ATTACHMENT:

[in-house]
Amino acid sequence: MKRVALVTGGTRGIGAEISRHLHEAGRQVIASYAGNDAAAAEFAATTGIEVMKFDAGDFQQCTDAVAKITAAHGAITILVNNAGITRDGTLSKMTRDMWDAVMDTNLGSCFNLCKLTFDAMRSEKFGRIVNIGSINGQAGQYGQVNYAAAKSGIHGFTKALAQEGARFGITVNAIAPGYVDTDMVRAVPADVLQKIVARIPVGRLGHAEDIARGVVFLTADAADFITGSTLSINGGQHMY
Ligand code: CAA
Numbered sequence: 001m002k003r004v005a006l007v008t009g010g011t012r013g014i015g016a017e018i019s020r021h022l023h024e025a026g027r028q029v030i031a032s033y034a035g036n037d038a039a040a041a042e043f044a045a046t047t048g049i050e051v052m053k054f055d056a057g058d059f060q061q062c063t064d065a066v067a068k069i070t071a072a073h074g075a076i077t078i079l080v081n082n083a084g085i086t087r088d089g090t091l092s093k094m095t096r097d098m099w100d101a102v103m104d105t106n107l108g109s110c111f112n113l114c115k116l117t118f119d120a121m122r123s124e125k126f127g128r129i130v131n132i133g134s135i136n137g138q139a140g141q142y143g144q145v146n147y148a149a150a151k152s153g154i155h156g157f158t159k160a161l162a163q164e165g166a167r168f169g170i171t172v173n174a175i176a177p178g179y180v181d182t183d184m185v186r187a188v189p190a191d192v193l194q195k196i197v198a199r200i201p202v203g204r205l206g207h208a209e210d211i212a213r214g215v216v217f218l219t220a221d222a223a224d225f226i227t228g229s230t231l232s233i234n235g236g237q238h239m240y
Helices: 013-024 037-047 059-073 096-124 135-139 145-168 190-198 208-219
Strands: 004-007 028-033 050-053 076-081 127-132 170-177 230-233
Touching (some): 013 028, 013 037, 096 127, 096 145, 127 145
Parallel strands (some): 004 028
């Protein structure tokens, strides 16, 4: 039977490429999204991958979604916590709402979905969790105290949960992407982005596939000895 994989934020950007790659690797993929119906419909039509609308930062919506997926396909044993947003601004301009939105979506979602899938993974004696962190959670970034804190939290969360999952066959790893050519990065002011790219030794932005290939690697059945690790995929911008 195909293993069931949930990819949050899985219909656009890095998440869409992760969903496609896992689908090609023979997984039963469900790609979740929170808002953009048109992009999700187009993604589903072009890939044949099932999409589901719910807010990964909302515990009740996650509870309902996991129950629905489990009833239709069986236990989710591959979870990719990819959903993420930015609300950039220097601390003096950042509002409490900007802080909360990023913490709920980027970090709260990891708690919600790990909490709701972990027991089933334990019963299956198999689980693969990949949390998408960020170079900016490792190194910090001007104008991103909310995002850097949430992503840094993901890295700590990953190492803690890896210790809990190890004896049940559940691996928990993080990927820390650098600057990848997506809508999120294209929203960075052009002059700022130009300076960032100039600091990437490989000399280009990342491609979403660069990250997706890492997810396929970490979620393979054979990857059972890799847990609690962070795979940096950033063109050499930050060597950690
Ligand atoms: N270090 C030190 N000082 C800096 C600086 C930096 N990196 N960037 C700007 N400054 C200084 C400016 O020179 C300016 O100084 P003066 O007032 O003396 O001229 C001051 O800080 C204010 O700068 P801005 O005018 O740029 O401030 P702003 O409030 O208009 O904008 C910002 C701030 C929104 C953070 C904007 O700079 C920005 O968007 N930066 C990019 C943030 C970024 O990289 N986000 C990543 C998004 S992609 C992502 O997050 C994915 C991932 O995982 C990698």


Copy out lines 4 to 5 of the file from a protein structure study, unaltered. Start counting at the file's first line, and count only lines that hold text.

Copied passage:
Numbered sequence: 001m002k003r004v005a006l007v008t009g010g011t012r013g014i015g016a017e018i019s020r021h022l023h024e025a026g027r028q029v030i031a032s033y034a035g036n037d038a039a040a041a042e043f044a045a046t047t048g049i050e051v052m053k054f055d056a057g058d059f060q061q062c063t064d065a066v067a068k069i070t071a072a073h074g075a076i077t078i079l080v081n082n083a084g085i086t087r088d089g090t091l092s093k094m095t096r097d098m099w100d101a102v103m104d105t106n107l108g109s110c111f112n113l114c115k116l117t118f119d120a121m122r123s124e125k126f127g128r129i130v131n132i133g134s135i136n137g138q139a140g141q142y143g144q145v146n147y148a149a150a151k152s153g154i155h156g157f158t159k160a161l162a163q164e165g166a167r168f169g170i171t172v173n174a175i176a177p178g179y180v181d182t183d184m185v186r187a188v189p190a191d192v193l194q195k196i197v198a199r200i201p202v203g204r205l206g207h208a209e210d211i212a213r214g215v216v217f218l219t220a221d222a223a224d225f226i227t228g229s230t231l232s233i234n235g236g237q238h239m240y
Helices: 013-024 037-047 059-073 096-124 135-139 145-168 190-198 208-219